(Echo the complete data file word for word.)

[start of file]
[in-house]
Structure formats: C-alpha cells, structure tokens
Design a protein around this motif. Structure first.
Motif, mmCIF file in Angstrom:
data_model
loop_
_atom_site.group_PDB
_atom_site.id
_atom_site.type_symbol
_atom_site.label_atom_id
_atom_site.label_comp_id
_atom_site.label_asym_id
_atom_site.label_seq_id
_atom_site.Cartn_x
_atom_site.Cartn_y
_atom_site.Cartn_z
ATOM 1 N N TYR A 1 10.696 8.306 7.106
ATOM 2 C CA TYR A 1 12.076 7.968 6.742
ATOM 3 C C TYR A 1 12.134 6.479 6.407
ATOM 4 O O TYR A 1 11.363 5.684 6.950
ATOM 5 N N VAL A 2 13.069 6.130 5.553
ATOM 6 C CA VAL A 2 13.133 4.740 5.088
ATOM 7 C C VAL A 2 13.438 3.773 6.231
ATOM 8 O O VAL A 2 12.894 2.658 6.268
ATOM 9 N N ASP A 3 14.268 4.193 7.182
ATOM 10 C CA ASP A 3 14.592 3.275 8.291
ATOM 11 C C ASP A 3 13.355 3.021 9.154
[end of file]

[in-house]
Structure formats: C-alpha cells, structure tokens
Design a protein around this motif. Structure first.
Motif, mmCIF file in Angstrom:
data_model
loop_
_atom_site.group_PDB
_atom_site.id
_atom_site.type_symbol
_atom_site.label_atom_id
_atom_site.label_comp_id
_atom_site.label_asym_id
_atom_site.label_seq_id
_atom_site.Cartn_x
_atom_site.Cartn_y
_atom_site.Cartn_z
ATOM 1 N N TYR A 1 10.696 8.306 7.106
ATOM 2 C CA TYR A 1 12.076 7.968 6.742
ATOM 3 C C TYR A 1 12.134 6.479 6.407
ATOM 4 O O TYR A 1 11.363 5.684 6.950
ATOM 5 N N VAL A 2 13.069 6.130 5.553
ATOM 6 C CA VAL A 2 13.133 4.740 5.088
ATOM 7 C C VAL A 2 13.438 3.773 6.231
ATOM 8 O O VAL A 2 12.894 2.658 6.268
ATOM 9 N N ASP A 3 14.268 4.193 7.182
ATOM 10 C CA ASP A 3 14.592 3.275 8.291
ATOM 11 C C ASP A 3 13.355 3.021 9.154